An annual report is a key part of every company’s communication strategy for keeping investors informed of company matters and performance. It signals to stakeholders that last 12 months you just had was a success, with lots of data and statistics to back everything up. There’s usually also an encouraging letter from the CEO or other executives, and a few pictures of employees to spice things up. In general, it’s a package for investors that says, “Our company is doing great; here’s why you should continue to invest money in it.”
It’s also an important part of content marketing. An annual report done well is a storytelling tool that can pull investors in and keep them excited and engaged with your company. Annual reports can feature dynamic design, beautiful visuals, and even video to help tell the story of a brand. Like blog articles or ebooks, they can be an indispensable part of your content marketing strategy and not just an obligatory addendum to the year.
Here are four great examples of recent annual reports from companies that are getting creative with their corporate communications:
1. Capital Partners for Education
This volunteer organization mentors and supports students in the Washington, D.C. area to make sure they get the experience and skills the need to succeed in college and, eventually, the workforce. As you can see in their annual report, there are plenty of stats, testimonials, and high-resolution photos that reveal the impact they’ve had on low-income students in the D.C. metro area.
The report tells a story, too. It begins with facts about the income gap in the D.C. area and goes on to explain—clearly and visually—the risks and struggles students face and how one-on-one mentorship benefits their academic and personal lives. The annual report is an entire, separate site, too, and not just a PDF, which makes it easier to navigate and peruse at your leisure on desktop or on mobile thanks to responsive site design. A top example of annual report content that can appeal to investors as well as students in need of academic assistance.
This comprehensive website is more than a simple financial report. Everything you’ve ever wanted to know about the makeup giant’s goals, ethics, financials, mission statement, and strategy can be found in this responsive site. It even has a sticky menu broken up by sections, categories, and sub-categories, and a digital assistant that can recommend topics for you to pore over in case you don’t know where to start.
There’s tons of info on the cosmetics market and L’Oreal’s place in it, dynamic photos of models, and charts, graphs, and stats about acquisitions, brands, and corporate social responsibility. It doesn’t get much more all-inclusive than this, so if your company is overflowing with information you want to share in a cohesive, organized and complelling way, take a page from L’Oreal’s report for inspiration.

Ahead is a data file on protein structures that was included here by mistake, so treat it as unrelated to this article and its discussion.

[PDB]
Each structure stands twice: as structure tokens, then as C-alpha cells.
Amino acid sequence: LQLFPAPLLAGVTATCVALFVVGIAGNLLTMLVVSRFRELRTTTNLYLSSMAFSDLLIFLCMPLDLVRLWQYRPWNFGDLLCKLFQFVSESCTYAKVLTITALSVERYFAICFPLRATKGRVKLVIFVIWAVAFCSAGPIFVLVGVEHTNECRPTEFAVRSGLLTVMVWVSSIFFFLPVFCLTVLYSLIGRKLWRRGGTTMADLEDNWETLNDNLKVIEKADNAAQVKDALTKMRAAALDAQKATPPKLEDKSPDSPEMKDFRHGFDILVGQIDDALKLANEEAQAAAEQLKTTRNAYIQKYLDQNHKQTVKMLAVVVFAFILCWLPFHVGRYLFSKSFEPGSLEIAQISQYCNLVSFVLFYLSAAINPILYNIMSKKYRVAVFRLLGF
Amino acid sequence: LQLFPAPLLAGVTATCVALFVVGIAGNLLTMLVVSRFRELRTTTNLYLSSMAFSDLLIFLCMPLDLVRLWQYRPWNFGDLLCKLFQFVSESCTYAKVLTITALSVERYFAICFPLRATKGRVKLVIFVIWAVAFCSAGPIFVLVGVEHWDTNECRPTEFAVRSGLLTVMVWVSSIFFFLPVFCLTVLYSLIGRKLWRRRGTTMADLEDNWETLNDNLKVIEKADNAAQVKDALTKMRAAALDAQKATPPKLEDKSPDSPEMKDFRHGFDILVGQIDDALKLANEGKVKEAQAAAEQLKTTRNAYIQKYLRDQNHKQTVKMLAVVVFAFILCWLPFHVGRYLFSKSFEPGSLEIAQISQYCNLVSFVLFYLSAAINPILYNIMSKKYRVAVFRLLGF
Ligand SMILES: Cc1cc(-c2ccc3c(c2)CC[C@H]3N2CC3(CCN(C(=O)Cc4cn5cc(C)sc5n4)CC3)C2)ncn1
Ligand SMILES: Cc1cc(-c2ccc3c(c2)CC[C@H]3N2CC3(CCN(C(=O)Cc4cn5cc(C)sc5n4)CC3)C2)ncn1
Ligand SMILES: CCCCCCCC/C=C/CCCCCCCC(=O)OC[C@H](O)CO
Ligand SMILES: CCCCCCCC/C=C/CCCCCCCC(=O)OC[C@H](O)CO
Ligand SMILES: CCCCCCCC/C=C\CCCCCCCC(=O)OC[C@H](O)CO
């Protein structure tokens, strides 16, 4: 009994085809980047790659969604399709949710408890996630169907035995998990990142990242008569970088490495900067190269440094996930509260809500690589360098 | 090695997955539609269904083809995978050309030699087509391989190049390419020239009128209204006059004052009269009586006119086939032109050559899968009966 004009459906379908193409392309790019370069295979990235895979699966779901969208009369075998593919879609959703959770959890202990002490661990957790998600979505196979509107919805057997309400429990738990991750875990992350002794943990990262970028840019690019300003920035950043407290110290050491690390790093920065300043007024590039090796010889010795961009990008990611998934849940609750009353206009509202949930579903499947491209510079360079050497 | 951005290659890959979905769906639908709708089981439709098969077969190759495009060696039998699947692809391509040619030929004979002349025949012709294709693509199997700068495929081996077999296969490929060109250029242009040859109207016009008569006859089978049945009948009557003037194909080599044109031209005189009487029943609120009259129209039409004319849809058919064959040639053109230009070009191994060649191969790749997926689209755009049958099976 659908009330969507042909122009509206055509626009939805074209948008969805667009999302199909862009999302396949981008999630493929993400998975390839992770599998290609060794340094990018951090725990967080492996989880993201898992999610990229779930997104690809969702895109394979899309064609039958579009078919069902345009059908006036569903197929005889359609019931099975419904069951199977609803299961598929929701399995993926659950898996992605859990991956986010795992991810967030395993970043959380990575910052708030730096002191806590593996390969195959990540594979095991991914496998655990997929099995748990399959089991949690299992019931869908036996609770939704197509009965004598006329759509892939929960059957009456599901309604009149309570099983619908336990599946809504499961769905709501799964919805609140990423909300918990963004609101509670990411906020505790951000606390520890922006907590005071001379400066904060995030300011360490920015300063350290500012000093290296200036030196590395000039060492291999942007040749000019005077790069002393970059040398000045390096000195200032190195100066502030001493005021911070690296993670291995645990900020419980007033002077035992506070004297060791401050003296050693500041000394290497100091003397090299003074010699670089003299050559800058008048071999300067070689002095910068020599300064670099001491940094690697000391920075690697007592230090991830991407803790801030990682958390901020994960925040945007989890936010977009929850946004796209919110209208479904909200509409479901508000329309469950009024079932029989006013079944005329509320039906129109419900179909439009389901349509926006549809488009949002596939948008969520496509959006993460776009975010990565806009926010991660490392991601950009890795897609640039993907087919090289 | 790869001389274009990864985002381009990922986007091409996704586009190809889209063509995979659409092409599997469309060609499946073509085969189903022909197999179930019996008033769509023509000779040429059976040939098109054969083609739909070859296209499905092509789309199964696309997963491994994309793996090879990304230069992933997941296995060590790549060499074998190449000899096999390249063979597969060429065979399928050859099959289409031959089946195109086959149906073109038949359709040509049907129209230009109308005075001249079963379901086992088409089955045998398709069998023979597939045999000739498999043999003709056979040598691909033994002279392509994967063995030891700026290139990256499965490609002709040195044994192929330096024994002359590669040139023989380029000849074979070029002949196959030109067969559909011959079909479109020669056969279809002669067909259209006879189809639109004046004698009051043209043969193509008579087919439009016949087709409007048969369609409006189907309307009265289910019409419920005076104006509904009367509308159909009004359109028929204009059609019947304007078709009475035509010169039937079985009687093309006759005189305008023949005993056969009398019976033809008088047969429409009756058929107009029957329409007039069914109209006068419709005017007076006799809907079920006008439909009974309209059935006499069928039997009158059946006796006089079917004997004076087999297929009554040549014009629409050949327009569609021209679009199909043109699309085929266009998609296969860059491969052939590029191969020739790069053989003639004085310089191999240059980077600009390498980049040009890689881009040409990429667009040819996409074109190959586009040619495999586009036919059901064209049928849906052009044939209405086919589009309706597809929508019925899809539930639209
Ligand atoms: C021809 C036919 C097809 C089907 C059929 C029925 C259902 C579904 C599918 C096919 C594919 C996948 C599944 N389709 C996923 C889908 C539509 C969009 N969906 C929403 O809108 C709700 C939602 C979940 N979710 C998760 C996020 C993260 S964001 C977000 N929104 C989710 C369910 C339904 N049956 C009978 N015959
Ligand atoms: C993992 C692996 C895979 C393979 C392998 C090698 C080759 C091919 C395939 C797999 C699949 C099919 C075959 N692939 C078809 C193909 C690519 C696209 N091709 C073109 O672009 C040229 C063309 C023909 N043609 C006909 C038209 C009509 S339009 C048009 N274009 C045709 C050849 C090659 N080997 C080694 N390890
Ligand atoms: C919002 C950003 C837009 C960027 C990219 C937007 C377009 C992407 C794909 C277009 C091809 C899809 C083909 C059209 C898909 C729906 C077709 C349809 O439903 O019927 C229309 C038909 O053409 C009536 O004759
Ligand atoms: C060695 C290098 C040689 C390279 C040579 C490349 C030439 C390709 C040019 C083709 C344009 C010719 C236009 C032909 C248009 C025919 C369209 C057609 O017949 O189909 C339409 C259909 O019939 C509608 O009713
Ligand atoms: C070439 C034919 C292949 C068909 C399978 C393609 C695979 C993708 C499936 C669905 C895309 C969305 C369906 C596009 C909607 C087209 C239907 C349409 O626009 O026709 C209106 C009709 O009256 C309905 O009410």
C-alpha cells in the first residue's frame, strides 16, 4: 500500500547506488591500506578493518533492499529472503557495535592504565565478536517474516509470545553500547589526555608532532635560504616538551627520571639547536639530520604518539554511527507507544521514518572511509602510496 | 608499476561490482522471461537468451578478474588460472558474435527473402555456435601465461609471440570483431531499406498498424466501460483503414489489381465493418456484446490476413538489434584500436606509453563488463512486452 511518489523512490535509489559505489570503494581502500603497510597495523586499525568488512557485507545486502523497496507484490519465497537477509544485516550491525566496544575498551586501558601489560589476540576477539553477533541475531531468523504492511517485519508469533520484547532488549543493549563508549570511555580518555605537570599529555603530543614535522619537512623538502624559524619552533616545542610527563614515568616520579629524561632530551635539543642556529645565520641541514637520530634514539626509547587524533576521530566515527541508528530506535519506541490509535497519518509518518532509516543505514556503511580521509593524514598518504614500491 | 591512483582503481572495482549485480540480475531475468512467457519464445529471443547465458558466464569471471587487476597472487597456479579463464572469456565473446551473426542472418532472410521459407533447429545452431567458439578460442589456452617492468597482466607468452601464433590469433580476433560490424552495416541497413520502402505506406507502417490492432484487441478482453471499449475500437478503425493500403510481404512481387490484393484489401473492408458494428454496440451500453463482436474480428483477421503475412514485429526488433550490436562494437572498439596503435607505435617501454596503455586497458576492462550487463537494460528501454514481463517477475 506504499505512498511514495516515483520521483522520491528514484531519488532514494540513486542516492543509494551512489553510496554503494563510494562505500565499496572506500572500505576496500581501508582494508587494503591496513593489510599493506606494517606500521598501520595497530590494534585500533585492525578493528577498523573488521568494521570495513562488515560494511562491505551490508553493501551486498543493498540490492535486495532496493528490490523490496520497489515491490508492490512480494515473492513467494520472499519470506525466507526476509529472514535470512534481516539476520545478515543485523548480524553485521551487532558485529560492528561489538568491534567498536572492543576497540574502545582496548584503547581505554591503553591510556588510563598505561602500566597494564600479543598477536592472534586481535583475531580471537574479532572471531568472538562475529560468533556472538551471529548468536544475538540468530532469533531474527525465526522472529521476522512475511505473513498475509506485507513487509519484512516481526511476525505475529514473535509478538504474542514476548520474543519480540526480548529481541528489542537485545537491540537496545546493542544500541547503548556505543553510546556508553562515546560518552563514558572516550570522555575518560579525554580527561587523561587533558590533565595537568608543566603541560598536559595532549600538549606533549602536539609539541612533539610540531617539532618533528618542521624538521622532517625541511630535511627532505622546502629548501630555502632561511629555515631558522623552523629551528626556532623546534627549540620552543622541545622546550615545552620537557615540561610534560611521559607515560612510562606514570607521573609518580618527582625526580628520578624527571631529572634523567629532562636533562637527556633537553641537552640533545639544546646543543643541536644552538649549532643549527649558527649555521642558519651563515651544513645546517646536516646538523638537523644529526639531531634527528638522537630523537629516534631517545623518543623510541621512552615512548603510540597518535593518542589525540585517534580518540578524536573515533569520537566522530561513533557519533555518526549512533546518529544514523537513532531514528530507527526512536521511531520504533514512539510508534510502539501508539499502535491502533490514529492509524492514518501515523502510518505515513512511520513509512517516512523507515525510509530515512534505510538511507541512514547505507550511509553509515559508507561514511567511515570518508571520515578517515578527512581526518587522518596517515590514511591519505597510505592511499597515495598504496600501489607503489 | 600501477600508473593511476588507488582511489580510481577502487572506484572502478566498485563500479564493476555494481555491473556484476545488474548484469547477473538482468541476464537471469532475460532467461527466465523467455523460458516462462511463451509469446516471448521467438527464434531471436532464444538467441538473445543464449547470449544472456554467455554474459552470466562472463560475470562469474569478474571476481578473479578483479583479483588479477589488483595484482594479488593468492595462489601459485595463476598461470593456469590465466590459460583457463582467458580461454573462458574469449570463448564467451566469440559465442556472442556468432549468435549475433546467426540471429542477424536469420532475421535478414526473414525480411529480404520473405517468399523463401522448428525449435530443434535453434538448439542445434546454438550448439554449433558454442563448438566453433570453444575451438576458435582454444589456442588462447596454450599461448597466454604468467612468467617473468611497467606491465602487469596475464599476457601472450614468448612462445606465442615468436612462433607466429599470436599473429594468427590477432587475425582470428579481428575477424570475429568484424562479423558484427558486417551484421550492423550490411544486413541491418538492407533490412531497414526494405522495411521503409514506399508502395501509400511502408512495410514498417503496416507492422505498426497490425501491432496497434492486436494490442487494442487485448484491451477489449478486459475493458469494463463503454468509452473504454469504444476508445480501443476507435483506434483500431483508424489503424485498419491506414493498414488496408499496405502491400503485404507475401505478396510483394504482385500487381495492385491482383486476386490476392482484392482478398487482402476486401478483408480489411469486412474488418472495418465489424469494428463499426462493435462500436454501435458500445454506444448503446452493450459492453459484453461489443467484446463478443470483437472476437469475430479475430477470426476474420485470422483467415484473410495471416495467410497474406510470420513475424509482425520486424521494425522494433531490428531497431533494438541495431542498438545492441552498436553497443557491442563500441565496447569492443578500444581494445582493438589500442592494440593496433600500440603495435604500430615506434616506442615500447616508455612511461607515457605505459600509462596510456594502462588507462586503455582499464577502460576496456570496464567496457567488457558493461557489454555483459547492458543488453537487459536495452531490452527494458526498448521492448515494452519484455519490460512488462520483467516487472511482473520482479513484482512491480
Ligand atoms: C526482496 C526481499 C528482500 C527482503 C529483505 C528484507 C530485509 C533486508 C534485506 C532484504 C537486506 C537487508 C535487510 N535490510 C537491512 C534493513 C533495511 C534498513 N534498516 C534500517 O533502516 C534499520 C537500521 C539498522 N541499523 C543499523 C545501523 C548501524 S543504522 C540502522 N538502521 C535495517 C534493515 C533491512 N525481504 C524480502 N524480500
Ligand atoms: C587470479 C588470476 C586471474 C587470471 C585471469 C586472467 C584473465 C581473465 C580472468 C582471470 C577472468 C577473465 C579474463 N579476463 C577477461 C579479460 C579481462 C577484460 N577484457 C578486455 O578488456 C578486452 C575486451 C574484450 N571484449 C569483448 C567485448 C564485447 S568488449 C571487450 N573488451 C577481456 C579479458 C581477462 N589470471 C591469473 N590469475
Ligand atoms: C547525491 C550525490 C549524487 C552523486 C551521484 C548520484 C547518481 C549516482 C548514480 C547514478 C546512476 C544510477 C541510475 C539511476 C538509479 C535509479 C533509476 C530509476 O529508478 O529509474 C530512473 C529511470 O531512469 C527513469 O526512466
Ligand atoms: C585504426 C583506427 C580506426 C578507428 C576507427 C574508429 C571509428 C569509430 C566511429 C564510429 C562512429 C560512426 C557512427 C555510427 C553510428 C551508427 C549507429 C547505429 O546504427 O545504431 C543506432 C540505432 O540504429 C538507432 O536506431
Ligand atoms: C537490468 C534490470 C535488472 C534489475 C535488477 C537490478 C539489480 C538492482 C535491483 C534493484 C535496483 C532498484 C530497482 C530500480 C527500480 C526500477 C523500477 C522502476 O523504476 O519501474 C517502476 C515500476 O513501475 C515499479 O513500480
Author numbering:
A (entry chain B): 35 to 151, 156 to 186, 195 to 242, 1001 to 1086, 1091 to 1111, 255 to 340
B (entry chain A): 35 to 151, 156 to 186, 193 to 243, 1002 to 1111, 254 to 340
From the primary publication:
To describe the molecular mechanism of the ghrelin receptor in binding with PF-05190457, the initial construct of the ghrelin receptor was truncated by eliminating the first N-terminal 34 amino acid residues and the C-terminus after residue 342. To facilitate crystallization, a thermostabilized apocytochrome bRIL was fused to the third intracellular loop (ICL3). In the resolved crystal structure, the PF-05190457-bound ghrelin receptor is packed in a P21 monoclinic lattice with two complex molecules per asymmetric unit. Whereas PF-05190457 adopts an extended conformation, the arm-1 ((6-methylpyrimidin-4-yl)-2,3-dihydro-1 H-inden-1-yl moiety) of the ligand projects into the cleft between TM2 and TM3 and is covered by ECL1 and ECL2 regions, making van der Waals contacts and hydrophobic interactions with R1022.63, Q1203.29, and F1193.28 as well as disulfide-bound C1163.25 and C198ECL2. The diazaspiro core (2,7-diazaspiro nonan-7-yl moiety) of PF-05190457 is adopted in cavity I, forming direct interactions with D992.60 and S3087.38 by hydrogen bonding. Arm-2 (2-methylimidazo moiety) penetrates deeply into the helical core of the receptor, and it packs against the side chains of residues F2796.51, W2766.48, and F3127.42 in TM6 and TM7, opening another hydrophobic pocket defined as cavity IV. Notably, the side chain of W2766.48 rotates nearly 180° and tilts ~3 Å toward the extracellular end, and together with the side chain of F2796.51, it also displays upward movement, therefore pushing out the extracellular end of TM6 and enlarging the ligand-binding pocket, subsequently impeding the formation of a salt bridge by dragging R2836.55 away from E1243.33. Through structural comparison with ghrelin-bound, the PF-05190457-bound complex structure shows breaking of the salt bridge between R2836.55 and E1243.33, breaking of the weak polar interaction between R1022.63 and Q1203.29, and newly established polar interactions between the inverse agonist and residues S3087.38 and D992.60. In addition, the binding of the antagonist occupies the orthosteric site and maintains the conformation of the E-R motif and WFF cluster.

3. Best Friends Animal Society
Another volunteer organization, this one works across the United States to rescue animals, give them the medical help they need, and then put them up for adoption in safe pop-up centers and permanent locations in many major cities. Their annual report also eschews the usual PDF route for a responsive site that works on both desktop and mobile, complete with animations, tons of big site-wide dynamic photos of furry critters and happy pet owners, and specific numbers and stats about their accomplishments for the year.
The story here is clear: Best Friends Animal Society is helping more people find pets (and vice versa), saving animal lives, and even changing state laws (California is now a no-kill state). A clear, vertical site design lays it all out for donors who may be interested in giving a financial gift or adopting a pet.
This Japanese video game publisher regularly updates its financial section throughout the year, every year. As such, you can go back quite a way to see how Capcom has performed. Currently, you can travel all the way back to 1997, when Bill Clinton was in office and the original Sony PlayStation was taking over living rooms. Capcom published multiple iconic games on that home console (and many others before and since), including Street Fighter, Mega Man, and Resident Evil.
Although broken up into PDF files, each report provides colorful infographics featuring artwork from those game franchises, tons of financial data represented via charts and graphics, and insights, quotes, and interviews from game developers, publishers, and executives. It’s an impressive collection of cultural and financial history you don’t normally see in an industry that largely remains obfuscated when it comes to sales numbers and other financials. If you ever wanted to see how a company can showcase its rich history and tell the story of its future strategy, give it a look.
Annual reports don’t need to be drab, dusty reports that only an accountant can understand. They can be colorful, dynamic, interactive content experiences that connect your brand’s story to the right eyes, whether they’re stakeholders or regular customers.